Disjunctive nationalisms: the creation of the literature of the United States

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dc.contributor Bilwakesh, Nikhil
dc.contributor Odle, Mairin
dc.contributor Smith, Cassander L.
dc.contributor Tedeschi, Stephen
dc.contributor.advisor Beidler, Philip D.
dc.contributor.author Crawford, Benjamin Darrell
dc.date.accessioned 2017-04-26T14:27:35Z
dc.date.available 2017-04-26T14:27:35Z
dc.date.issued 2016
dc.identifier.other u0015_0000001_0002494
dc.identifier.other Crawford_alatus_0004D_12928
dc.identifier.uri http://ir.ua.edu/handle/123456789/3134
dc.description Electronic Thesis or Dissertation
dc.description.abstract Throughout the late 18th and early 19th centuries, the American Republic grew both in population and cultural productions in diverse efforts to answer the nation’s questions of self-identity and direction. Poets from across diverse political, gendered, theological, and racial perspectives sought to answer those questions in disjunctive ways by using both the imagined author and the text as an imagined community as the bases for building their respective visions of American national identity. With the text as an imagined community, authors constructed interconnected literary communities not only around specific texts, but also around particular ideas and visions for the American nation. The ability to use texts as the creations of the reading public’s imagination became avenues for communicating responses to, and visions for, the nation which became reality with the publication of each new work. The constructions of these poetic visions occurred simultaneously with use of the imagined past, the imagined present, and the imagined future as avenues for exploring and communicating a variety of alternative national paths as each poet sought to prioritize her or his own voice in the cacophony of a developing American literature. The evolution of American literature as an artifact of the development of the American nation demonstrates the use of chronotopic applications of disjunctive nationalisms across time periods ranging from the deeply ancient (almost timeless in The Anarchiad), into the contemporary swirl of the political and cultural troubles of the early republic, and on into the (occasionally Millennial) infinite future of the nation. These applications came as responses to the call for a national literature, as well as to a society in a constantly fluctuating sense of national identity through its struggles for independence and sustainability in the face of challenges from within and without. The imagined past was used by such poets as Joel Barlow and Timothy Dwight as they established a deeper past for the American nation that went beyond colonial histories, suggesting the nation’s roots were at least as deep as those of European nations. This work to use an imagined American past is itself a way of constructing an American literary tradition that, despite drawing on Old World genres and forms, allows for an expansion of what John Shields has termed translatio cultus. Through observing the use of the imagined past, present, and future, my dissertation expands on Shields’ idea to demonstrate that chronotopic applications were essential in the reworking of Old World stories in a New World context. Rather than simply providing re-articulations of Old World ideas as Shields suggests, chronotopic applications permitted early national American authors to respond to and expand visions of nationalism in the new nation. The imagined present provided authors with the ability to readily demonstrate their responsiveness to the currents of culture by implementing poetic responses to current events that both responded to, and reshaped, contemporary events in ways that allowed those poets to appropriate the imagined present in the construction of disjunctive nationalisms. Joel Barlow, Philip Freneau, John Trumbull, and Phillis Wheatley, among others, responded to current events to demonstrate the pliability of the present when left to a literary lens, suggesting to contemporary readers the relevancy not only of each author’s voice specifically, but of the importance of literature more generally to the national experience. The imagined future allowed authors to adopt the role of national seer and declare future glories for the American nation politically, economically, and socially. The bases for these nationalistic visions ranged from Christian eschatology to humanistic deism, but almost always held forth the hope that the American nation would progress beyond its struggles of the late 18th century into a peaceful and prosperous future that presented America, and its governmental structure, as models for the rest of the globe. Through the imagined past, imagined present, and the imagined future, poets of the early national period used their texts as imagined communities that created and responded to disjunctive nationalisms from diverse perspectives that reflected the disjunctive nature of the early American republic.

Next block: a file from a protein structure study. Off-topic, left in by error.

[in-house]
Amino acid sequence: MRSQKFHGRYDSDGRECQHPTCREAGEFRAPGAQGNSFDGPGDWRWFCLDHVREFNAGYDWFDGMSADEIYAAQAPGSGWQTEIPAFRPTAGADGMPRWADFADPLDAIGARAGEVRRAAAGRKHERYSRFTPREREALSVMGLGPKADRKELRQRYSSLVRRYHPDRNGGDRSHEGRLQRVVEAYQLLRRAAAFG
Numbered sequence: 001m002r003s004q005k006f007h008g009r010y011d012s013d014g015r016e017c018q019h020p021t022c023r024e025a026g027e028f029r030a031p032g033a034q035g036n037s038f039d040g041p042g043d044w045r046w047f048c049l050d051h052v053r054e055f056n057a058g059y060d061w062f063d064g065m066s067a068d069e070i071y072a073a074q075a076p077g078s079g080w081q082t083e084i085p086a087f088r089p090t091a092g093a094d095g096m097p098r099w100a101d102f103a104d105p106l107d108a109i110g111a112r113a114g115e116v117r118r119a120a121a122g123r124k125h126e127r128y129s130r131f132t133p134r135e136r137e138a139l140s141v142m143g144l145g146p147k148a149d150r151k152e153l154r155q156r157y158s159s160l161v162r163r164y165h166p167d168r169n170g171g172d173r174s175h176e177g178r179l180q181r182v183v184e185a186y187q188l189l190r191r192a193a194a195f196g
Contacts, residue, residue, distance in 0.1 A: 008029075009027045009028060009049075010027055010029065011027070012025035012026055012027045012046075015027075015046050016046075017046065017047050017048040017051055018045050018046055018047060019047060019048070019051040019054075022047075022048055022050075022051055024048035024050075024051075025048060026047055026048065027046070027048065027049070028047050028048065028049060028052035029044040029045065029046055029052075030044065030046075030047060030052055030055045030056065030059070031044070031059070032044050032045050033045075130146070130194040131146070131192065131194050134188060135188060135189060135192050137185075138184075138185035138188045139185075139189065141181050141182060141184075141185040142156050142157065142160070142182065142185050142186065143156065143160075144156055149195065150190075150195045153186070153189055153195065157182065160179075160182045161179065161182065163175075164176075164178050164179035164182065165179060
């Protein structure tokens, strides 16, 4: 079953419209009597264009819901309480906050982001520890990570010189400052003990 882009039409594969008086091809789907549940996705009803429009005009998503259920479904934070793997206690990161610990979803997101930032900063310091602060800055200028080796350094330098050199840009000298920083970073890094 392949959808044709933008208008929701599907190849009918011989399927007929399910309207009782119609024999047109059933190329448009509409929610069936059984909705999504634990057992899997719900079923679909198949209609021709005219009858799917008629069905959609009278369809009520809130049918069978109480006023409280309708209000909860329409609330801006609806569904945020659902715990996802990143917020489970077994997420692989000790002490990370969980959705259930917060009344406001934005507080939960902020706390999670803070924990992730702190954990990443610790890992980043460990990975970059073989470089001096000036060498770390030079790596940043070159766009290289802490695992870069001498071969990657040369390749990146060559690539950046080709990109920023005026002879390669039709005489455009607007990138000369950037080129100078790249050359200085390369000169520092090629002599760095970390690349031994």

dc.format.extent 275 p.
dc.format.medium electronic
dc.format.mimetype application/pdf
dc.language English
dc.language.iso en_US
dc.publisher University of Alabama Libraries
dc.relation.ispartof The University of Alabama Electronic Theses and Dissertations
dc.relation.ispartof The University of Alabama Libraries Digital Collections
dc.relation.hasversion born digital
dc.rights All rights reserved by the author unless otherwise indicated.
dc.subject.other American literature
dc.subject.other American history
dc.title Disjunctive nationalisms: the creation of the literature of the United States
dc.type thesis
dc.type text
etdms.degree.department University of Alabama. Dept. of English
etdms.degree.discipline English
etdms.degree.grantor The University of Alabama
etdms.degree.level doctoral
etdms.degree.name Ph.D.


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